AL: Definitely. I think you can sort of figure out a way, so sometimes when I don’t feel like I’ve cracked a scene yet, I feel like if I keep writing, I’m going to learn more about my characters. Maybe there’s a reason I can’t crack that scene. Maybe it shouldn’t be there, or maybe something that I write later on is a line that actually should be a recall, and I can put it in earlier.
I think it’s really important to wake up and move the project along every single day. I heard J.K. Rowling talk about this recently; about how it’s not all fairies and inspiration coming down. So you need to keep moving forward. But if there is something that you just feel you aren’t ready to tackle, you can just sort of go back to it. It’s always going to be right there.
SCRIPT: Jumping back to Gimme The Loot, one of the things that really jumps out when you’re watching is how you work real people in as extras in your scenes. Especially that one woman at the flower shop!
AL: Yes! One of our producers said we could have cast for three months and not found a woman as perfect as that.
SCRIPT: Absolutely. She was perfect! Was going more towards that guerilla style of filming necessitated by your budget or was that a creative choice? Or both?
AL: I think that one of the reasons that I really was so passionate about making this movie was… I think this is a story that should be told on a very small budget. It would actually be worse if we had five million dollars. It was also a story that I thought should be told by real people and not professional actors. And I felt like it was a story that would very much fit a first-time filmmaker. So it was lights going off in my head. You’ve got to go and make this, because that idea doesn’t come along that often.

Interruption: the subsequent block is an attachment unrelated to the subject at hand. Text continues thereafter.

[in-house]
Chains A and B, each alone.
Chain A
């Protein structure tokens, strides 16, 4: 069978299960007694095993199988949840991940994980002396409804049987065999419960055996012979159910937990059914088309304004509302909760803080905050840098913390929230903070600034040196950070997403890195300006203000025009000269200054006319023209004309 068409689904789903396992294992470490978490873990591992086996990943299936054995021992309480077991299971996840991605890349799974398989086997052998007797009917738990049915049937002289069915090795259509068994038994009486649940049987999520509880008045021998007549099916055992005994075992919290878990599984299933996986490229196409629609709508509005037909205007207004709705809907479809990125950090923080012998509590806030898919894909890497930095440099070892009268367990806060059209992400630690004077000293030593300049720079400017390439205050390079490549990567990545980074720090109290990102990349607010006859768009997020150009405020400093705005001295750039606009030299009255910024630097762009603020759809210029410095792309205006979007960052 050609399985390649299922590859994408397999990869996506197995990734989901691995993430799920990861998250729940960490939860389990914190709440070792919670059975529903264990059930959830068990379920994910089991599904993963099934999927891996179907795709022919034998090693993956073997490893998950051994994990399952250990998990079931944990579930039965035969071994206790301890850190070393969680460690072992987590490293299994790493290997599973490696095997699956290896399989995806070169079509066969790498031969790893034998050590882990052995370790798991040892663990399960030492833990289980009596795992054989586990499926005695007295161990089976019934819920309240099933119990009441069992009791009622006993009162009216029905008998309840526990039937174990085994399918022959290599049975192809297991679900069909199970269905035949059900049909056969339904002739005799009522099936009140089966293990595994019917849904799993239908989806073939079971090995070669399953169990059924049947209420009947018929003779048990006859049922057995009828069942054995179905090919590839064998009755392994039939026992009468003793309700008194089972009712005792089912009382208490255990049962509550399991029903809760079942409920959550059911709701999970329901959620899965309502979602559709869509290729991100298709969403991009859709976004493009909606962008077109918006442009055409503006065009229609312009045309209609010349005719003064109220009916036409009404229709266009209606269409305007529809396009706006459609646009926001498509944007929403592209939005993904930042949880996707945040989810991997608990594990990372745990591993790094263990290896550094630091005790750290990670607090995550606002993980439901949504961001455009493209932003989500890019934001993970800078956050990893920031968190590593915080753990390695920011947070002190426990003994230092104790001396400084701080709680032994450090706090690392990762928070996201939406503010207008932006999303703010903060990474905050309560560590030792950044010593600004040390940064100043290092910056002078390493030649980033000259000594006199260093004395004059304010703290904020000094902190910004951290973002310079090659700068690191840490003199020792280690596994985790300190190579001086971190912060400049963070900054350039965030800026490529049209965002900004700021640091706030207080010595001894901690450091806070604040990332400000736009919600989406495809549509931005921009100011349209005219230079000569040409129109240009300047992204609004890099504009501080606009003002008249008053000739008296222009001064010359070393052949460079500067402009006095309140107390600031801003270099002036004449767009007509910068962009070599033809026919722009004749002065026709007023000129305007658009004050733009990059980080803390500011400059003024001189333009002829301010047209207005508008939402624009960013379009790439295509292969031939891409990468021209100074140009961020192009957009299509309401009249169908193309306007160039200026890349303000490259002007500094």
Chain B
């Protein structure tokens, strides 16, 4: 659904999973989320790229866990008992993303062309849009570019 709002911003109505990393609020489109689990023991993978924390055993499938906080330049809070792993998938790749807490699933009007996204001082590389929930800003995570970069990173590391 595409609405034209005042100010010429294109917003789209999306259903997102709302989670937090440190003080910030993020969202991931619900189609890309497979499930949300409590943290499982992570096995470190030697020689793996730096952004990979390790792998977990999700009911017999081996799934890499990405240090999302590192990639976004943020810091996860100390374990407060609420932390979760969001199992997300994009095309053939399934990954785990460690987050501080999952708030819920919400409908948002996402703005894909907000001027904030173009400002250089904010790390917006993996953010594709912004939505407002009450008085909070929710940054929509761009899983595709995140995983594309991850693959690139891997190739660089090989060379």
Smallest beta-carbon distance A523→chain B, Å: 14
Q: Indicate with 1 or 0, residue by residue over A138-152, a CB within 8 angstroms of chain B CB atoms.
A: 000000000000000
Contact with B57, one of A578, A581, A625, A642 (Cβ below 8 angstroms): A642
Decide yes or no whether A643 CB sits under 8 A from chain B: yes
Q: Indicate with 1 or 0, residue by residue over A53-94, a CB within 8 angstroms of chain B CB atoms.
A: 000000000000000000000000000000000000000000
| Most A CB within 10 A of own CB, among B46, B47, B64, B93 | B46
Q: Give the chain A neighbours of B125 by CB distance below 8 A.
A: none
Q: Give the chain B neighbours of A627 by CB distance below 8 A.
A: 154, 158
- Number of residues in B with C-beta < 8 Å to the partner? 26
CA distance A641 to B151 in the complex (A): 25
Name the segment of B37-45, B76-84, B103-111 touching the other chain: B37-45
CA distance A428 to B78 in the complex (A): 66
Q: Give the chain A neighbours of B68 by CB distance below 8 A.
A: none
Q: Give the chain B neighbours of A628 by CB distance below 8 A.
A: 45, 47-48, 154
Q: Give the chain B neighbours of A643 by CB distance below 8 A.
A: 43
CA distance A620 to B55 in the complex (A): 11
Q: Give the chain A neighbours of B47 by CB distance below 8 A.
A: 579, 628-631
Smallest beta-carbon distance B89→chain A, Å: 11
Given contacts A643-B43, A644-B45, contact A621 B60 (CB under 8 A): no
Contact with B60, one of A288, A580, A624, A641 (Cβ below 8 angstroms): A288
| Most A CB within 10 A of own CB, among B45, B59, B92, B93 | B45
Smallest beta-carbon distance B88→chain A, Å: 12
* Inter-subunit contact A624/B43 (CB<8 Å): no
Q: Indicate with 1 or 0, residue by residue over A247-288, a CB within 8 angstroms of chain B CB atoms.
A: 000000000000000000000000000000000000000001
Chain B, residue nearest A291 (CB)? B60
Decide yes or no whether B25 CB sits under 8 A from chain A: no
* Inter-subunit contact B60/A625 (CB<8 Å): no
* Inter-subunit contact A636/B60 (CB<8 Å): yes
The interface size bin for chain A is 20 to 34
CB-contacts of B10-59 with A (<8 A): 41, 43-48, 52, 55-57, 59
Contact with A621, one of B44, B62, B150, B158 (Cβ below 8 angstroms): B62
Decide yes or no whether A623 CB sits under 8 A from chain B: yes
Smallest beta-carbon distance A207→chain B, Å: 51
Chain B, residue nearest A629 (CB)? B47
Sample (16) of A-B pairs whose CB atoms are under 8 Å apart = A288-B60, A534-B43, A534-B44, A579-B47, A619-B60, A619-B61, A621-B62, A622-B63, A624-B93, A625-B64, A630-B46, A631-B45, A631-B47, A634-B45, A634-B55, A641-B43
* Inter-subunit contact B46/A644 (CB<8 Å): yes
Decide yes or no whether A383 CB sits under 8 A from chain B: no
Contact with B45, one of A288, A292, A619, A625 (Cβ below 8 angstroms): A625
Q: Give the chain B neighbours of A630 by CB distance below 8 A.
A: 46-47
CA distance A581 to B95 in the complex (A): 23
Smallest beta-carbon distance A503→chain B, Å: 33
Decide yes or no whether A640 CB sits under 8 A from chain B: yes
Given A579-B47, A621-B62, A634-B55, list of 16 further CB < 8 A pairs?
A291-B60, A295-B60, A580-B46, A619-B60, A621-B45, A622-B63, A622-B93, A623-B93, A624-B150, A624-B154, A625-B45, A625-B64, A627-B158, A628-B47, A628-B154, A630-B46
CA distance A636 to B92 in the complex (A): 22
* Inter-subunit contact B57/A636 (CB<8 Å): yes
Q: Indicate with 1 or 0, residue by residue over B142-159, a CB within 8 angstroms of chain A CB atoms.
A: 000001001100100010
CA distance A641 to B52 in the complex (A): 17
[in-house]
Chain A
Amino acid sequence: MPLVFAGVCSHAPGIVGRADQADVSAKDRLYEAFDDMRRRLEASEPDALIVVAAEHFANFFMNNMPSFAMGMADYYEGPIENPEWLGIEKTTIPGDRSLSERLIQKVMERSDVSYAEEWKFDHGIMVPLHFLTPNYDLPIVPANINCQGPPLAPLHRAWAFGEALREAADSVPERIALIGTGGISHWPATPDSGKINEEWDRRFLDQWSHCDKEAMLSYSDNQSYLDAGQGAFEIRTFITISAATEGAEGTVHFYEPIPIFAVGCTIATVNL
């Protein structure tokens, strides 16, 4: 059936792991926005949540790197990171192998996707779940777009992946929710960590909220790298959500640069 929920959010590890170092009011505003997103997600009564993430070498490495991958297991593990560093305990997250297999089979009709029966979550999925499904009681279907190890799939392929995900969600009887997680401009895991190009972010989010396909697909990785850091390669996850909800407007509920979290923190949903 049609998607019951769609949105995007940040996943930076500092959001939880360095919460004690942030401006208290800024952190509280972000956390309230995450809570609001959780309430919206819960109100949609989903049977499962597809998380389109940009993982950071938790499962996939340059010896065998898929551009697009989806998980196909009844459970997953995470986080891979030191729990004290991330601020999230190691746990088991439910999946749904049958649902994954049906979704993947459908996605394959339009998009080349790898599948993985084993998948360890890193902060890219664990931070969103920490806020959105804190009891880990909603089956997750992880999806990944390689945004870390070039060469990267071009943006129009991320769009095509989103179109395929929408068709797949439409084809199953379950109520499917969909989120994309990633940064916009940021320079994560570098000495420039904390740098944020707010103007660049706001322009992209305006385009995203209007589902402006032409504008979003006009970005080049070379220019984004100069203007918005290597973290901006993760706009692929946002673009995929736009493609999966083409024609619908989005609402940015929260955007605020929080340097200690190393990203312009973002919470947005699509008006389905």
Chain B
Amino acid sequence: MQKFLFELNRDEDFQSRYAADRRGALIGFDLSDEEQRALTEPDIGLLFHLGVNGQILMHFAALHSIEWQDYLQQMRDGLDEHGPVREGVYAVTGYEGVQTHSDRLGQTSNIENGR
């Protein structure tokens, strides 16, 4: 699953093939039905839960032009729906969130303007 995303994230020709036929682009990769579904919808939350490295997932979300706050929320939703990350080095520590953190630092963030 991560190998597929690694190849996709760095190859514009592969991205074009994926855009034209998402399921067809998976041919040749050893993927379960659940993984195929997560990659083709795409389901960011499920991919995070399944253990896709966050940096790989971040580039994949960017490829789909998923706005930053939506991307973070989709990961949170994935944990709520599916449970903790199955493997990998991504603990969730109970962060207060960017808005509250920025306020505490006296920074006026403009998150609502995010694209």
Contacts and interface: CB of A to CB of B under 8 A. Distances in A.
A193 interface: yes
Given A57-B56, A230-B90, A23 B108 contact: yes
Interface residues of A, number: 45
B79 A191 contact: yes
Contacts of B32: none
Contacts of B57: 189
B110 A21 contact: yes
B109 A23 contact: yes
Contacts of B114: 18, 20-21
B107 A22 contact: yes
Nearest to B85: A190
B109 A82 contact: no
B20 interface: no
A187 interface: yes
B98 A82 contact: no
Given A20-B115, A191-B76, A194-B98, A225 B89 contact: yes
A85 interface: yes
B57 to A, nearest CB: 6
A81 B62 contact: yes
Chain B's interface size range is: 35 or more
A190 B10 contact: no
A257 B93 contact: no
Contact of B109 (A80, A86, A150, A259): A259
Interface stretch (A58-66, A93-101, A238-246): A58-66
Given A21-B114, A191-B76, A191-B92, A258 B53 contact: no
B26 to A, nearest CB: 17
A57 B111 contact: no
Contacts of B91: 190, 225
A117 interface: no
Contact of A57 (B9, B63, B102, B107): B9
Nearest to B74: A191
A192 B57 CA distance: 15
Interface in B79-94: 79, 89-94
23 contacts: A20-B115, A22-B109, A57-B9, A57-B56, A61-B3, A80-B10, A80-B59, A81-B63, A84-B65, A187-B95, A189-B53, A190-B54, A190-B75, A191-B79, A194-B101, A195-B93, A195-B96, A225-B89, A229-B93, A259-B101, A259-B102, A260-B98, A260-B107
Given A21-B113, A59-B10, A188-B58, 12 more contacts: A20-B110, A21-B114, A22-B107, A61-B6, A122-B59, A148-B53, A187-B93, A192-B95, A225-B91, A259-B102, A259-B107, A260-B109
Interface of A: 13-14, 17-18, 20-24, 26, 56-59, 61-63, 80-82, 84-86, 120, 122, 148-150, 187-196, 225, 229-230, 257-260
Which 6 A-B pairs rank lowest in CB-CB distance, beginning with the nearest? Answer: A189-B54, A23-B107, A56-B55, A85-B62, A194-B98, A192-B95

You know, I’ve written other scripts but they were scripts that you would want 30 million for. I’ve seen people try to make five million dollar movies for one hundred grand, and you just can’t do it well. But this story should be told at this level, in this way. I really felt that. And so the answer is both, but it really was an aesthetic decision that fit within the constraints of our budget.
SCRIPT: You’re just now hitting the beginning of the end for Gimme The Loot. Do you have your next project in your sights?
AL: I’m working on a few things. I have a script that I was working on, but I kind of put it aside in December purposefully, and I’m really excited to get back to that.
SCRIPT: I can’t wait to see what you do next. To wrap up, you’ve gone through this extraordinary process over the last year or so with Gimme The Loot. Is there one moment for you that stands out from all the others?
AL: I think that, to be kind of corny, the thing that has been the most exciting and the most fulfilling has been the making of the movie. Saying, “We did this. We went out there and shot this.” There’s nothing in my life that can compare to that.
I’d say that in terms of things that have happened to the film since… being an official selection at Cannes was really special; really just kind of beyond our dreams. We didn’t ever think that was going to be a possibility and to have that happen was so cool. And because we weren’t expecting it, we were able to go into it without any pressure or expectations and just enjoy it. Just have fun with it.